The ruling party of Azerbaijan, the New Azerbaijan Party (YAP), has announced that Ilham Aliyev, incumbent president and Chairman of the YAP will be the party’s candidate for the presidential elections scheduled for October 2013. The candidacy was announced last week by deputy party chairman, Ali Ahmadov. Ahmadov stated that the official announcement will be made at a party convention to be held before the elections.
Stressing the rapid economic development as well as the rise of Azerbaijan’s international profile during his time as president, Ahmadov, indicated Aliyev was the natural choice. “A candidate from the ruling party,” he said, “is the candidate supported by the Azerbaijani people. We have repeatedly stated that the candidature of the chairman of the ruling party, Azerbaijani President Ilham Aliyev is supported not only by all members of the party, but by most people.”
Aliyev will be running for his third term in office. He was elected on October 15, 2003 and October 15, 2008. In 2008, according to the OSCE-ODIHR report, Aliyev received 88.7% of the vote. Ilham Aliyev was preceded by his father, Heydar Aliyev, who was president from 1993 to 2003. Until recently, the Constitution of the Republic of Azerbaijan only permitted a person to preside over two terms as President. However, the President recently signed into law a constitutional amendment which will allow individuals to run for and hold an unlimited number of consecutive terms as President.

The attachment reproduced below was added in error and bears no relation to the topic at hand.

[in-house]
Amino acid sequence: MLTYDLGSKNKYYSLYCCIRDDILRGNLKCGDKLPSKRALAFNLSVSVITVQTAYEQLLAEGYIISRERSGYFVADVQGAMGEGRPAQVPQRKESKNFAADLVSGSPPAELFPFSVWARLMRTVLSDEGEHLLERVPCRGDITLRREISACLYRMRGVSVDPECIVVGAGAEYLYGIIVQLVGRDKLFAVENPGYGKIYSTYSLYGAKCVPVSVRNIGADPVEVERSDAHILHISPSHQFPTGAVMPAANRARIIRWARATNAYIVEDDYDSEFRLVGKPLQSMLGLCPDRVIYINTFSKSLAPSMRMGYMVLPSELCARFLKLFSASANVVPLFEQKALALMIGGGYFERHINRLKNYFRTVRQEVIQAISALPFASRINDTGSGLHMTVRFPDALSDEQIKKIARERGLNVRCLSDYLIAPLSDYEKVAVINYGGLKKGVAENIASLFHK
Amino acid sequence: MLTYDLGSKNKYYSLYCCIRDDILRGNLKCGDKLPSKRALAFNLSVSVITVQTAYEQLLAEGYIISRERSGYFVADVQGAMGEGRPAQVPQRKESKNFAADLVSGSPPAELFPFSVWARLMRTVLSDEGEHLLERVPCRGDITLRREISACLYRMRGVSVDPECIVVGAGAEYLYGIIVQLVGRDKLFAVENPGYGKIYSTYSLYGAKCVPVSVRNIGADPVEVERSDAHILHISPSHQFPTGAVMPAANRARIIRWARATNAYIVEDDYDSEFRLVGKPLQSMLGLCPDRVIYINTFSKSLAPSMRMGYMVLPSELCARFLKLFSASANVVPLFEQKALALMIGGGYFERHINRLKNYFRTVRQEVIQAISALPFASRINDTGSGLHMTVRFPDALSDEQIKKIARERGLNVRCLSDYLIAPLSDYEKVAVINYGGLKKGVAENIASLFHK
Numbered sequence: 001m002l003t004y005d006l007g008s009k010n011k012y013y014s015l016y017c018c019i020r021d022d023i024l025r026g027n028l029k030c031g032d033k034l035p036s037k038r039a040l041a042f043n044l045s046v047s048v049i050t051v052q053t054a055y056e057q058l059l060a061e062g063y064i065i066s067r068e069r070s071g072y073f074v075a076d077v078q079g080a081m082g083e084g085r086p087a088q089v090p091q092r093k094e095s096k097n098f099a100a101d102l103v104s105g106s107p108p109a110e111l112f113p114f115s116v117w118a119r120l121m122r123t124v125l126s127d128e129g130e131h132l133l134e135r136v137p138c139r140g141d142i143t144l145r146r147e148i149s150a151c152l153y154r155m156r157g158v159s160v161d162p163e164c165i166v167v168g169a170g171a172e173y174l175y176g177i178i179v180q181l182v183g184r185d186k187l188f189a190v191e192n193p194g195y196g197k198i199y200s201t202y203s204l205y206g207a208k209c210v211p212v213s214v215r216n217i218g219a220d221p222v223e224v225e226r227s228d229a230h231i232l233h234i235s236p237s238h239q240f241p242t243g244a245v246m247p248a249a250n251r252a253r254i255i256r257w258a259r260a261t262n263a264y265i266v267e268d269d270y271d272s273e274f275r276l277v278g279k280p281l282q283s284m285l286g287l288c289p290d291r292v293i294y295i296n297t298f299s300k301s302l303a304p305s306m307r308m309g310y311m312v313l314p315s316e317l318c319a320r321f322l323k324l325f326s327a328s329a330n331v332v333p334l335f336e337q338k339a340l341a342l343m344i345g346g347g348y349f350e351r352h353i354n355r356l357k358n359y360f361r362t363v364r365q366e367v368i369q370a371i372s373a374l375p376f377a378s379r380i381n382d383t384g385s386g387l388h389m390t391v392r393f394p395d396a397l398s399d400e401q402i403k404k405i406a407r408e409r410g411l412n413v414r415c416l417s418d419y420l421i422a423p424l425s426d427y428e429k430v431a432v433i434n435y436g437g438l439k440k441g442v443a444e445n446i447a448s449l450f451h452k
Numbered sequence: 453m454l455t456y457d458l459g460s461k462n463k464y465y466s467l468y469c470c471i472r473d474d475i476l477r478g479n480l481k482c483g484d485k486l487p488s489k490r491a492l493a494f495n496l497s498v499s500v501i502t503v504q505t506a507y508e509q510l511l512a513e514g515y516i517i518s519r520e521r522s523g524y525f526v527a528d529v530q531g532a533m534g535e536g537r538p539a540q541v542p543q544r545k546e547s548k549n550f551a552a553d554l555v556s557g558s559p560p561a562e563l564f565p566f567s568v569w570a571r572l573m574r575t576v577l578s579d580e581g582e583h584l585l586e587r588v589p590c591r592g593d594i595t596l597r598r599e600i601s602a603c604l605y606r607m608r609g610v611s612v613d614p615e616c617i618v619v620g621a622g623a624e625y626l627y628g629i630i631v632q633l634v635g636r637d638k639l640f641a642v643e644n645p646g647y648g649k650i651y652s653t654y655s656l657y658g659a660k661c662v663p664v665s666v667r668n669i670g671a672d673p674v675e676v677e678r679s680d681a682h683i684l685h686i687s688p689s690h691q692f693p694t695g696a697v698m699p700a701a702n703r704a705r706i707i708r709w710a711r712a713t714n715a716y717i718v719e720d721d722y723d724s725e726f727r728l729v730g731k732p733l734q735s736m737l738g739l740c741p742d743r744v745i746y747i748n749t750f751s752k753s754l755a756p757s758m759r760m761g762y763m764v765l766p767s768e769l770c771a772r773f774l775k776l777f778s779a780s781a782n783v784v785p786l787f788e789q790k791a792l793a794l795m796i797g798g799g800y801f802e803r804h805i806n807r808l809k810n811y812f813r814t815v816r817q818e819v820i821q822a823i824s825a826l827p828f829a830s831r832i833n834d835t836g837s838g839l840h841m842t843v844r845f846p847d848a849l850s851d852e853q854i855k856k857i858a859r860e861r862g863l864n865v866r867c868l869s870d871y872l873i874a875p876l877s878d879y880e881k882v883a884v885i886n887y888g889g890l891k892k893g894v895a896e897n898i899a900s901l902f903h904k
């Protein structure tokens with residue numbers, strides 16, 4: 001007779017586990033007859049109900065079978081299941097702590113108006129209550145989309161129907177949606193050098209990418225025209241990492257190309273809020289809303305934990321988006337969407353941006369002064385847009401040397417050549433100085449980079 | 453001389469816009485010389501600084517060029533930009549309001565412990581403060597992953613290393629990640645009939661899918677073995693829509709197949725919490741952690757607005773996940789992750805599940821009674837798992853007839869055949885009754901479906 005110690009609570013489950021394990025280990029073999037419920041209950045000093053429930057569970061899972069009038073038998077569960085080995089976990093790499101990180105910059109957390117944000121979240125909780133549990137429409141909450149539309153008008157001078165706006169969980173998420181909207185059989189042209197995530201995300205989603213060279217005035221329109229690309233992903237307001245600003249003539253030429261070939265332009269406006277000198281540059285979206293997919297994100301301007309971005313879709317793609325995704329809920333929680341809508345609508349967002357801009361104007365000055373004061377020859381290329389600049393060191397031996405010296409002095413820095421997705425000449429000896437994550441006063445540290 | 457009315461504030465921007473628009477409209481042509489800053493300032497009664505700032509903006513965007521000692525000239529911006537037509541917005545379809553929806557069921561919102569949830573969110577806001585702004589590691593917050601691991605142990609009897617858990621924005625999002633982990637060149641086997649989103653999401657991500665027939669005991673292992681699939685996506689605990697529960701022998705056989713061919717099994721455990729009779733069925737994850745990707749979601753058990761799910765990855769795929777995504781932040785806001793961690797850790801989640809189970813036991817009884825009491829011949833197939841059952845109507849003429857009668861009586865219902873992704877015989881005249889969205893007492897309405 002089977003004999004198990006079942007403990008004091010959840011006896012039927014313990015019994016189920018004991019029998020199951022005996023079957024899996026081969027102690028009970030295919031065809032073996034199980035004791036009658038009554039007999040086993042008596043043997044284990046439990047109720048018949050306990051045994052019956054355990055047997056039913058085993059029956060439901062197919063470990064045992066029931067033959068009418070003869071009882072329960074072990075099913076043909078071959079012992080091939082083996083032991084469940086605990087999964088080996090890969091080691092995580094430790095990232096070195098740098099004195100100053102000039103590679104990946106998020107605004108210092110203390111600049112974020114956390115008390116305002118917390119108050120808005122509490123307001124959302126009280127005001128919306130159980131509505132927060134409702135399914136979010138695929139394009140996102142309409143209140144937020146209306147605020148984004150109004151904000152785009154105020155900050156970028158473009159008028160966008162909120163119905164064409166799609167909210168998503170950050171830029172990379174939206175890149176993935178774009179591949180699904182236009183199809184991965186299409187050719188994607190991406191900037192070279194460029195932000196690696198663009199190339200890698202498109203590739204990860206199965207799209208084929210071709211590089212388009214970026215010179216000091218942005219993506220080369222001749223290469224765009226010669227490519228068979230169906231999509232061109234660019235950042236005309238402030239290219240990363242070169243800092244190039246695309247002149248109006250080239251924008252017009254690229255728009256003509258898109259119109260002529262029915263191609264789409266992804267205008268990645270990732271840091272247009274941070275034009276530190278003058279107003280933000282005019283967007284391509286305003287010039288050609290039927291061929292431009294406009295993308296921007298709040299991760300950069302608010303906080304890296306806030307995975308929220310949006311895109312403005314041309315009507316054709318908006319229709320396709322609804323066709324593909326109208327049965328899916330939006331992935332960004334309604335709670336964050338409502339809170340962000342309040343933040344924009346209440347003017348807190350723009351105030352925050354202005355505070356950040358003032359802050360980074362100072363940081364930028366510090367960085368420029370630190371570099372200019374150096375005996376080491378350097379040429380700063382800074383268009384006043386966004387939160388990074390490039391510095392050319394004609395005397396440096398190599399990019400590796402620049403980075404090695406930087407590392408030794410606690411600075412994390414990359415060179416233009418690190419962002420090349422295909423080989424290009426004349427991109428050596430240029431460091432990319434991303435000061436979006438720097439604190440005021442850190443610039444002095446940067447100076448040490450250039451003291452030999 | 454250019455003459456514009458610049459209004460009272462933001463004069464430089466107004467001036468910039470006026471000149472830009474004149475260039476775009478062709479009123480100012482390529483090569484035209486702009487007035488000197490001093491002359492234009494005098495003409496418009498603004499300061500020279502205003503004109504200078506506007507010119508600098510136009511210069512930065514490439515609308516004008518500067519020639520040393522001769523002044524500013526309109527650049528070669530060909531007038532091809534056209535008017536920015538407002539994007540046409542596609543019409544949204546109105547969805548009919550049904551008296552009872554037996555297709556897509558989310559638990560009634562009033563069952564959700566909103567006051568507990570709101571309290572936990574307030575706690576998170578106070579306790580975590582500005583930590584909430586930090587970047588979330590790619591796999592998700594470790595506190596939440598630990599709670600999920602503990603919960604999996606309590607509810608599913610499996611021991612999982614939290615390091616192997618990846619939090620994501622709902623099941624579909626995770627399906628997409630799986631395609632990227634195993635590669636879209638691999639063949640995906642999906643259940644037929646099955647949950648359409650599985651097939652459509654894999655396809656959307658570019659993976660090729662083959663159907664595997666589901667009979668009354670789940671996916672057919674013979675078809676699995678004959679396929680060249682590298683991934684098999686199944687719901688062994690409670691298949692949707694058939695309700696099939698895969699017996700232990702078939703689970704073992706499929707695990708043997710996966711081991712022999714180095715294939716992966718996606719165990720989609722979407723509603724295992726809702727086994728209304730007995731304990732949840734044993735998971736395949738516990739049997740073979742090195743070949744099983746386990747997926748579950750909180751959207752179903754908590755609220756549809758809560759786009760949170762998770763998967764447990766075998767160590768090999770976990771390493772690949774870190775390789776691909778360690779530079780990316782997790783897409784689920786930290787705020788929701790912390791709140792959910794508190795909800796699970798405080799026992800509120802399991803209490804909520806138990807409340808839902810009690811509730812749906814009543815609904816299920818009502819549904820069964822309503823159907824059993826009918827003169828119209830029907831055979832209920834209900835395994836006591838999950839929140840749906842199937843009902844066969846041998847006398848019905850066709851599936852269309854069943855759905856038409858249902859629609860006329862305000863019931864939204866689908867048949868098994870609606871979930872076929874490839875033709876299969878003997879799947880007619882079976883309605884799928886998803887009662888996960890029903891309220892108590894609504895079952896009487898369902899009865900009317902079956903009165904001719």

With regard to elections observation, Bahar Muradova, deputy speaker of the parliament in Azerbaijan, told reporters that Azerbaijan is always interested in inviting international representatives to observe the elections, including the October 2013 Presidential elections. Muradova invited the OSCE to monitor the 2013 Presidential elections during the visit of Eamon Gilmore, OSCE Chairperson-in-Office, to Baku in June. Gilmore expressed his hope that Azerbaijan will continue to implement the recommendations made by the last OSCE-ODIHR mission for the 2008 Presidential elections.
The OSCE-ODIHR Elections Observation Mission from the 2008 Presidential elections made numerous recommendations on how to improve the conduct of elections to the government of Azerbaijan. The OSCE suggested engagement in a dialogue with other political actors in Azerbaijan to address issues surrounding the Election Code, particularly the complaints and appeals mechanism, voter and candidate registration procedures, the need for a more balanced media environment during campaigning, unbiased domestic observers and tightening voting procedures.
The opposition parties and civil society in Azerbaijan, as reported previously in CEW, organised a round table over proposed amendments to the Election Code. If these amendments do not pass in Azerbaijan’s parliament this autumn, the opposition has declared they will boycott the upcoming elections. Ahmadov during his announcement noted that YA P continues regular dialogue with the opposition. However he commented that his understanding of dialogue does not include “a squabble around the round table.”
In June, the parliament of Azerbaijan also passed legislation granting amnesty to past and present Presidents of the Republic, and their spouses for acts carried out under their responsibility both before his or her election and during his or her term in office. Furthermore, the law provides a pension of 50% of the salary received while president from the day the ex-President steps out of office until his or her death. In the event of his or her death the pension will be extended to the surviving spouse, in the absence of a spouse the pension will go to any children under the age of 18. The law will not apply to a President who has been impeached.
Compiled by Karina Gould for CEW from Azerbaijani media sources.